Q&A: My spouse recently told me he's gay. He's living large with his lover. What are my options as far as a divorce?

This one takes a page out of the McGreevey divorce book. As you know, when Jim McGreevey and his wife Dana were in the midst of a bitter divorce battle, Dana, former first lady of New Jersey wanted alimony and the former governor said he was bankrupt and made less than 50K per year and could provide her with alimony. But he was living large with his lover who happened to be a millionaire. What was the former first lady to do? Did she have any rights to the fortunes of her husband’s gay lover?
Well, there is no question that the McGreeveys enjoyed a high standard of living while they were married and living in the Governor’s mansion of New Jersey. The marital standard of living far exceeded 50K per annum and what that paltry sum would buy. In awarding alimony, the court does take the marital standard of living into account, the age of the parties, the employability of the parties, their health, the length of the marriage and other factors. But it is unclear whether the court would or can compel a former spouse to pay alimony using proceeds from the coffers of a lover, gay or otherwise. If McGreevey was married to the millionaire lover, certainly, the New York courts could impute income to his household in order to meet child support obligations. However, I have not heard of a case where the court imputed income to a former spouse’s lover in order to compel said former spouse to pay alimony.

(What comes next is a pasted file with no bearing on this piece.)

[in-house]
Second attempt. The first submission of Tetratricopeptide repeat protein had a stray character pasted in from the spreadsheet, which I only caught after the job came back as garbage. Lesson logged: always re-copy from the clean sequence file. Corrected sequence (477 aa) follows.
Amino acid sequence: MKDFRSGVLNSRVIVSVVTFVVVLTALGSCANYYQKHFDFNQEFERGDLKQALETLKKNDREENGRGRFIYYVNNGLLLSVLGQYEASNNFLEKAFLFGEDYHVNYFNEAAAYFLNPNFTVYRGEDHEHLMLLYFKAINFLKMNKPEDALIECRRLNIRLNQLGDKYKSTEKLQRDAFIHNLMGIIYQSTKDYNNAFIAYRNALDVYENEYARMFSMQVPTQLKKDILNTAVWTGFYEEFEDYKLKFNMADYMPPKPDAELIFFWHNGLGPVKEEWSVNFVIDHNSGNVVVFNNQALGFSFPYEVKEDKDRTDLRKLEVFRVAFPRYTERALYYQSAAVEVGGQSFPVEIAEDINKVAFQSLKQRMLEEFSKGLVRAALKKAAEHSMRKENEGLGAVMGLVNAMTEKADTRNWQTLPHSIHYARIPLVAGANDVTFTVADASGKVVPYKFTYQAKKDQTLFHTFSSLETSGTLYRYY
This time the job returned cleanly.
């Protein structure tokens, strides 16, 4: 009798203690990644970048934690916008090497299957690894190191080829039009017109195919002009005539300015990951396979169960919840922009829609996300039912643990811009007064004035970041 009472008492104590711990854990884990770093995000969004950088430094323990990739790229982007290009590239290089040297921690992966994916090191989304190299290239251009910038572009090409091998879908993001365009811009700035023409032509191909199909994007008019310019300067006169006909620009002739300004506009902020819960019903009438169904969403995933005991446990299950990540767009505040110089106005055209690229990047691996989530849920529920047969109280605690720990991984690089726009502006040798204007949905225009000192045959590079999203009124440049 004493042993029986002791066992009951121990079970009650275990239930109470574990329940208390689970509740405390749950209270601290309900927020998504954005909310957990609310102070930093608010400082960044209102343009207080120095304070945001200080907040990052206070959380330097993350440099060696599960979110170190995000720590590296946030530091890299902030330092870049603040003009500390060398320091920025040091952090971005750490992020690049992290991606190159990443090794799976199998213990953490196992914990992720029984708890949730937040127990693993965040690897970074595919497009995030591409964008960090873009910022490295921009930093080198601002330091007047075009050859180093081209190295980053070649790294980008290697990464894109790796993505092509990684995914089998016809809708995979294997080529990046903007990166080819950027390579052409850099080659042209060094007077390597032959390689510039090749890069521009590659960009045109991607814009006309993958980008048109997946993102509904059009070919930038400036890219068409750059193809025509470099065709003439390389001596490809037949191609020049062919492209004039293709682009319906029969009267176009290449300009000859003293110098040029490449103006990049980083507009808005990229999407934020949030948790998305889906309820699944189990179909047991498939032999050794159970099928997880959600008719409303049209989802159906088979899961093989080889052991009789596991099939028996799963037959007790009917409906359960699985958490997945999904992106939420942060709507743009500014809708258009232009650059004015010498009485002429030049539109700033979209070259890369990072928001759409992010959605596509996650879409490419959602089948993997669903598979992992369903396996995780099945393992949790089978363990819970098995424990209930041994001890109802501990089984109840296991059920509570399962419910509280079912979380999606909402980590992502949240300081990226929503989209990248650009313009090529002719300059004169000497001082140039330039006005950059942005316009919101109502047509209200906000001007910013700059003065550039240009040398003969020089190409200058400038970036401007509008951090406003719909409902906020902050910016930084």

After all, marriage lends a certain permanency to a relationship in a way that simply living together does not. If the court were to impute income to a spouse’s household based on the assets of a lover, and that lover subsequently leaves, what then? Sure, the spouse could go in and make a motion that due to a change of circumstances they are unable to continue to pay the alimony. But I don’t think this would be a workable ruling under most circumstances that are likely to come before the court.
As far as options, I would think that you could move to annul a marriage where the spouse later claims he is gay. That is clearly a concealment of material fact, and the marriage was void at the outset. But a divorce can probably be proven on other grounds such as ABANDONMENT and cruel and inhuman treatment or even adultery depending on the facts of your case…..or plain old no fault, actually.
Updated March 2017